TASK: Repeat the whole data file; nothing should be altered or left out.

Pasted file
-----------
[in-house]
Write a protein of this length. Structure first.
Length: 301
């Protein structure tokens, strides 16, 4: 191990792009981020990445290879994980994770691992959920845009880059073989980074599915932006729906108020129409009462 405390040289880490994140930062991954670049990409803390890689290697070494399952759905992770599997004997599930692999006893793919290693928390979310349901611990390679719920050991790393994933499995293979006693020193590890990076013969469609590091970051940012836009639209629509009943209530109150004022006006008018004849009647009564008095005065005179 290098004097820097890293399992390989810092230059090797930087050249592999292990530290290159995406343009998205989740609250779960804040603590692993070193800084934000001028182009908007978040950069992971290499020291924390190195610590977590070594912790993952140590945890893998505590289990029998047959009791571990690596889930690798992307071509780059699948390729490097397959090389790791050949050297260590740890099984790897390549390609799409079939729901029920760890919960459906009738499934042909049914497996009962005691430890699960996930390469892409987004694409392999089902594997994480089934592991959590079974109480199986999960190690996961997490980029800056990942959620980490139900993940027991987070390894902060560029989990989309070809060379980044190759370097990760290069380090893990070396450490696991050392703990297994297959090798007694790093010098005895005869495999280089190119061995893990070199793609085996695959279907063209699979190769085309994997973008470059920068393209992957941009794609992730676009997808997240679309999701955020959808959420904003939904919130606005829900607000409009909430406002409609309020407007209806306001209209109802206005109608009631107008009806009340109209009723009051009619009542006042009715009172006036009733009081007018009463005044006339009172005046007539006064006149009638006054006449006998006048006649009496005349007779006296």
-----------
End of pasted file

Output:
[in-house]
Write a protein of this length. Structure first.
Length: 301
């Protein structure tokens, strides 16, 4: 191990792009981020990445290879994980994770691992959920845009880059073989980074599915932006729906108020129409009462 405390040289880490994140930062991954670049990409803390890689290697070494399952759905992770599997004997599930692999006893793919290693928390979310349901611990390679719920050991790393994933499995293979006693020193590890990076013969469609590091970051940012836009639209629509009943209530109150004022006006008018004849009647009564008095005065005179 290098004097820097890293399992390989810092230059090797930087050249592999292990530290290159995406343009998205989740609250779960804040603590692993070193800084934000001028182009908007978040950069992971290499020291924390190195610590977590070594912790993952140590945890893998505590289990029998047959009791571990690596889930690798992307071509780059699948390729490097397959090389790791050949050297260590740890099984790897390549390609799409079939729901029920760890919960459906009738499934042909049914497996009962005691430890699960996930390469892409987004694409392999089902594997994480089934592991959590079974109480199986999960190690996961997490980029800056990942959620980490139900993940027991987070390894902060560029989990989309070809060379980044190759370097990760290069380090893990070396450490696991050392703990297994297959090798007694790093010098005895005869495999280089190119061995893990070199793609085996695959279907063209699979190769085309994997973008470059920068393209992957941009794609992730676009997808997240679309999701955020959808959420904003939904919130606005829900607000409009909430406002409609309020407007209806306001209209109802206005109608009631107008009806009340109209009723009051009619009542006042009715009172006036009733009081007018009463005044006339009172005046007539006064006149009638006054006449006998006048006649009496005349007779006296």